SEPT 21 --Speaker Feliciano Belmonte Jr. assured the public yesterday that Congress will not give blanket emergency powers to President Aquino in the event lawmakers grant his request for extraordinary authority to deal with a possible power crisis next year. Belmonte noted that when Malacañang submitted Aquino’s letter last week asking the House of Representatives and the Senate to pass a joint resolution on emergency powers, it was not accompanied by any draft or details of the scope of authority he was seeking. “I’d like a more definitive statement,” Belmonte said. “The letter was handed to me without a draft resolution, and I told them to give us even just a working draft.”

“The joint resolution is just a resolution, there will have to be an appendix containing the precise actions that they have in mind,” he said. Malacañang did give a draft later and it is being studied by the Joint Congressional Power Commission (JCPC). The Electric Power Industry Reform Act (EPIRA) essentially prohibits the government from putting up additional generating capacity. Section 71 states that “upon the determination by the President of the Philippines of an imminent shortage of the supply of electricity, Congress may authorize, through a joint resolution, the establishment of additional generating capacity under such terms and conditions as it may approve.” Belmonte said the JCPC has held at least three meetings to discuss the matter, including whether Aquino really needs emergency powers, the actual extent of the expected power shortage, as well as measures to deal with the crisis that is not going to be expensive for the taxpayers.

He said Energy Secretary Jericho Petilla, who has been pressuring lawmakers to pass the resolution and allow the government to lease expensive power barges, will be summoned by the JCPC. The Speaker also said in the event Congress grants President Aquino’s request, it would be only for a limited duration. “We will have some power shortages but in short periods within three months, and after that, everything will be back on stream,” he said. *READ MORE...

ALSO: Palace dismisses Serge’s ‘lousy managers’ claims   

SEPT 16 --Malacañang yesterday sought to play down controversial comments by one of its supporters in the Senate who branded the administration as “lousy” following the Palace and its allies insistence on granting emergency powers to President Aquino. “It’s his opinion, I guess everybody has (his) own opinion on how the government runs or responds, or how a government tackles the problem,” presidential spokesman Edwin Lacierda told a press briefing, referring to Sen. Sergio “Serge” Osmeña III who said “It’s an accepted fact that they are lousy managers and it is almost criminal,” on the apparent negligence of the Aquino administration in addressing the problem of the power sector as well as the worsening condition of the public transport system and port congestion which has led to losses in income in both the government and private sector.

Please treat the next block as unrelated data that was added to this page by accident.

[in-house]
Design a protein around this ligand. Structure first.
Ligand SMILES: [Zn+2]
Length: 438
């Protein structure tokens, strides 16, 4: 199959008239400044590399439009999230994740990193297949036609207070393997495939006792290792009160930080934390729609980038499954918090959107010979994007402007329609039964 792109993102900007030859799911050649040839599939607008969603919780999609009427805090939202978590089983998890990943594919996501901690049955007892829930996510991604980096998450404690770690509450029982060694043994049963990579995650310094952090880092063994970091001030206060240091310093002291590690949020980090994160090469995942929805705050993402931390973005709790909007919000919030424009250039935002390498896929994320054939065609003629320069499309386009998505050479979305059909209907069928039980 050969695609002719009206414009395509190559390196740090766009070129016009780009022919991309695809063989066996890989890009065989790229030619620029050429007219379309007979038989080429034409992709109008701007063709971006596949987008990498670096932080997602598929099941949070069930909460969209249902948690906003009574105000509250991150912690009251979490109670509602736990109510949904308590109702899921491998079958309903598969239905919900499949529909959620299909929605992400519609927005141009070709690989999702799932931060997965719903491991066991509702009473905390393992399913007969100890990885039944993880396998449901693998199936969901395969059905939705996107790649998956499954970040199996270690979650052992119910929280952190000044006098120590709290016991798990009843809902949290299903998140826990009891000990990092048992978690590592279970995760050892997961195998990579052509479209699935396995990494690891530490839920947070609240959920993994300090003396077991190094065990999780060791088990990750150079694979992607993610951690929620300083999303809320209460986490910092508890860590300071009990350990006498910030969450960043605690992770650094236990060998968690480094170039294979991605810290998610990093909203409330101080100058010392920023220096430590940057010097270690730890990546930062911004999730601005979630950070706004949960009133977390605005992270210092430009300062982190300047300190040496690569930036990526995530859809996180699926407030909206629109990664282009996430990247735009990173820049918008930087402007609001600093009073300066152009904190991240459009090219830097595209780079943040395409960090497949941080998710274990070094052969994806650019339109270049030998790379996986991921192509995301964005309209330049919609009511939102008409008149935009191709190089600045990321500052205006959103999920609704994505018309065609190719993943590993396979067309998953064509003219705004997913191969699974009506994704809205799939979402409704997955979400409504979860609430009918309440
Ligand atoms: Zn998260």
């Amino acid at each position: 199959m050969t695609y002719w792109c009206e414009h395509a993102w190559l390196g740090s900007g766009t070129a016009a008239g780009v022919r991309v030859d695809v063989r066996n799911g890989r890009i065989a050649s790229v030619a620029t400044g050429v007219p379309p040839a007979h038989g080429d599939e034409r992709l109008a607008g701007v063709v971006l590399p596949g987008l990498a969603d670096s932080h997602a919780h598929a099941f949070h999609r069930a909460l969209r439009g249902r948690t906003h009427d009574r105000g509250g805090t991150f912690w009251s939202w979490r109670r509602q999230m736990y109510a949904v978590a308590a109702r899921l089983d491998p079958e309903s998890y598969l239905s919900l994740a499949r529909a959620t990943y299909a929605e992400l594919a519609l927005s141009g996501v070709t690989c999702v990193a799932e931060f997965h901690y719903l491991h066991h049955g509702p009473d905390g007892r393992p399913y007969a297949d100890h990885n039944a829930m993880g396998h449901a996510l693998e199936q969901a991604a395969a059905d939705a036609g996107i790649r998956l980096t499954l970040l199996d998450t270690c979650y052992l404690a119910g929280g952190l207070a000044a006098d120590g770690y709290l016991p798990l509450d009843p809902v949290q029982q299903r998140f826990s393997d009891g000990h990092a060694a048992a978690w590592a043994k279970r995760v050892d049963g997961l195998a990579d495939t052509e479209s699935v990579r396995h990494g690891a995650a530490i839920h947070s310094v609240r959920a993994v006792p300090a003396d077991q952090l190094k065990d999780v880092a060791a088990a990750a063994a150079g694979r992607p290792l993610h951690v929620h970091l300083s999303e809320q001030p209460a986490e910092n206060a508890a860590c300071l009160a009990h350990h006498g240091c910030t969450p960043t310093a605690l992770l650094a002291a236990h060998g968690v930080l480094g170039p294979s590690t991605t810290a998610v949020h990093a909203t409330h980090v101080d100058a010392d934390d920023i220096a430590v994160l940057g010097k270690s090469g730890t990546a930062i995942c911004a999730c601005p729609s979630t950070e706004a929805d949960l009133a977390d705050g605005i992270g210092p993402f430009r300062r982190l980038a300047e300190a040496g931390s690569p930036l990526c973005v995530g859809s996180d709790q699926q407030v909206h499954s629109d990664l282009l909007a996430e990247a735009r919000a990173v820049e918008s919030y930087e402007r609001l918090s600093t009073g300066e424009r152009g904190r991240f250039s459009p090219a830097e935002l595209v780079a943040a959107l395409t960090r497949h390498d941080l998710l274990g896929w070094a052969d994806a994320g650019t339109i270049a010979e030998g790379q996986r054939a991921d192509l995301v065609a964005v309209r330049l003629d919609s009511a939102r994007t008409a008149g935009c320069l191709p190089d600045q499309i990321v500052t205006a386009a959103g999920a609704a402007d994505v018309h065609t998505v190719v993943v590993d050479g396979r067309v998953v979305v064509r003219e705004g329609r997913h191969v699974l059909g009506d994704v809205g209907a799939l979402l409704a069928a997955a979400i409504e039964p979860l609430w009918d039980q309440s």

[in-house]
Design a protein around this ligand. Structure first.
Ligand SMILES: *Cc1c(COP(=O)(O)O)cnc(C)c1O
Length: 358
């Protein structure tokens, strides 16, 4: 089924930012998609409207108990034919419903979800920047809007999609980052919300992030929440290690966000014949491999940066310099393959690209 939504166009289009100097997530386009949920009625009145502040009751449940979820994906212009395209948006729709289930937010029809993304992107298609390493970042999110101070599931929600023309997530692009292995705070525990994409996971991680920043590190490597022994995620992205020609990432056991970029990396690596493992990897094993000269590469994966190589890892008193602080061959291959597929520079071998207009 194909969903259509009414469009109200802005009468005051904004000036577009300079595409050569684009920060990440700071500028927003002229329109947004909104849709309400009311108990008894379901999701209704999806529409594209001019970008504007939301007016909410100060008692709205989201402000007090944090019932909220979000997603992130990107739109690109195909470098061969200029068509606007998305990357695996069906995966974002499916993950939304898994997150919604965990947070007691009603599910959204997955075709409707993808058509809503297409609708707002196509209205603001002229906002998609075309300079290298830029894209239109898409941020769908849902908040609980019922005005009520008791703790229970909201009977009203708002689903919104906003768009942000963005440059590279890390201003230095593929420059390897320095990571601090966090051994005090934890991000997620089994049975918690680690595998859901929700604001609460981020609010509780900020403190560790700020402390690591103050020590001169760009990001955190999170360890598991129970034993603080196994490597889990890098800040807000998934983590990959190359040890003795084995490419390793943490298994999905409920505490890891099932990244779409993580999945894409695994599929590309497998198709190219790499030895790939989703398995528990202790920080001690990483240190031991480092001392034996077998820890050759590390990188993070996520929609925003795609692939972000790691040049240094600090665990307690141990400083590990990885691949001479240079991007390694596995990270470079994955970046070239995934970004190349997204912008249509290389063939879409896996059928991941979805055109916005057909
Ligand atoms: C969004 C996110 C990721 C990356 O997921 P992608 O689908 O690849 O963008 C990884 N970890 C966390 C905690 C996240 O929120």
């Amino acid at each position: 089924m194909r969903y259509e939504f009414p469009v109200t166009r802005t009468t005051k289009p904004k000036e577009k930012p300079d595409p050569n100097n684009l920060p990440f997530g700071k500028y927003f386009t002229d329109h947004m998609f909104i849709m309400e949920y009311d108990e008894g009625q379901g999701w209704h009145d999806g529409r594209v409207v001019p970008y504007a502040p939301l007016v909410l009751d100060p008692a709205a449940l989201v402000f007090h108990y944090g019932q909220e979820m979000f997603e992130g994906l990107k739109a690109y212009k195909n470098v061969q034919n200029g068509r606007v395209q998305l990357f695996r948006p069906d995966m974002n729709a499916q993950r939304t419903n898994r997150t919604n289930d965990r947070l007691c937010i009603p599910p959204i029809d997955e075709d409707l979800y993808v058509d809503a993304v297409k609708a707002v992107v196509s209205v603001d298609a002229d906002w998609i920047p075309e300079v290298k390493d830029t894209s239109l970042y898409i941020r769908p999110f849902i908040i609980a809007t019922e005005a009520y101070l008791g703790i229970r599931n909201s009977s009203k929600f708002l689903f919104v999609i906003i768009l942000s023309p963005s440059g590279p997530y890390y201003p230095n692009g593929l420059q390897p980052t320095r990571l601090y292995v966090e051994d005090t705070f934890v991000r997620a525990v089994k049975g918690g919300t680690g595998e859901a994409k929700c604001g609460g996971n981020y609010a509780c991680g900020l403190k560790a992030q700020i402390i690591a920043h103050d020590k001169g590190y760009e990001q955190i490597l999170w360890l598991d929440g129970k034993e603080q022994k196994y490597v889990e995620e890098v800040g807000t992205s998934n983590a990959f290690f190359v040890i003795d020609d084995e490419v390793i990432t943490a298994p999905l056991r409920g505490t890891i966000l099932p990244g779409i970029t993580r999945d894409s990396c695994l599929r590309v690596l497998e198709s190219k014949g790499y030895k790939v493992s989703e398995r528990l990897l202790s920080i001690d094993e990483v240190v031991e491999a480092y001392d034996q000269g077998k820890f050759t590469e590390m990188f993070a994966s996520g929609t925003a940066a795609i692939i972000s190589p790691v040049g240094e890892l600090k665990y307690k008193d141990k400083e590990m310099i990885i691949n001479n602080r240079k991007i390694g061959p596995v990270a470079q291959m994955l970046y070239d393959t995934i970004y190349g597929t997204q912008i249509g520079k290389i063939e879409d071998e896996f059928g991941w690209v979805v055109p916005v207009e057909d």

“Even if the House approves and the Senate does not, the proposal (for emergency powers) will not pass. We want to make it hard because we are tolerating inefficiency by reasoning that emergency powers can always be granted.”
He even added: “That means the management is very lousy. They don’t even know what emergency powers means. There is no definition for emergency powers. It just gives the government a temporary right to contract a power, to buy power.” The Palace official, however, assured the public that many of the problems in the energy sector, port congestion and mass transit enumerated by Osmeña are continually being addressed by the government.
“We have identified the problems and we’re providing the solutions to all of them. This is a time where there’s a sense of difficulty,” Lacierda said. *READ MORE...

ALSO Tribune Editorial: Emergency powers 2016 prep  

SEPT 16 --It can’t be helped but to associate the call for emergency powers to Noynoy as part of the Liberal Party (LP)’s kitty buildup for it survival effort beyond 2016. The power supply situation is a matter that should have been addressed along with the anticipated economic growth that Noynoy has been touting about since the start of his term. Much more than what is being spinned as “good governance is good economics” as having pushed growth, the expansion of the global economy has been concentrated on Asia since the financial debacle in the developed world which naturally the country, along with all other Asian nations, are benefiting.

The lack of a concrete plan on the power sector is a reflection of either lack of foresight or lousy management as Sen. Serge Osmeña put it or that the economic executives of Noynoy do not believe what they have been trumpeting as a surge in economic activity during the term of Noynoy.Whatever it was, a resolute action outside of speeches and the forming of committees to address the power supply problem failed to materialize during the four years of Noynoy.
Shortly after assuming the presidency, Noynoy was faced with a electricity supply shortage in Mindanao as the traditional hydroelectric sources had failed to match the demand from progressing regions.One of the solutions was to pass the burden of easing the power supply shortage to private companies by encouraging them, through incentives, to use generators for their electricity requirement.

The half-wit solution is also being considered for what seems to be a made up shortage in Luzon. Those in the generator set business should be applauding the proposal which is clearly an effort to unload to private firms the blame for the thinning availability of electricity. *READ MORE..
 


READ FULL MEDIA NEWS REPORT:

NEED FOR EMERGENCY POWERS PROVES EPIRA’S SERIOUS FLAWS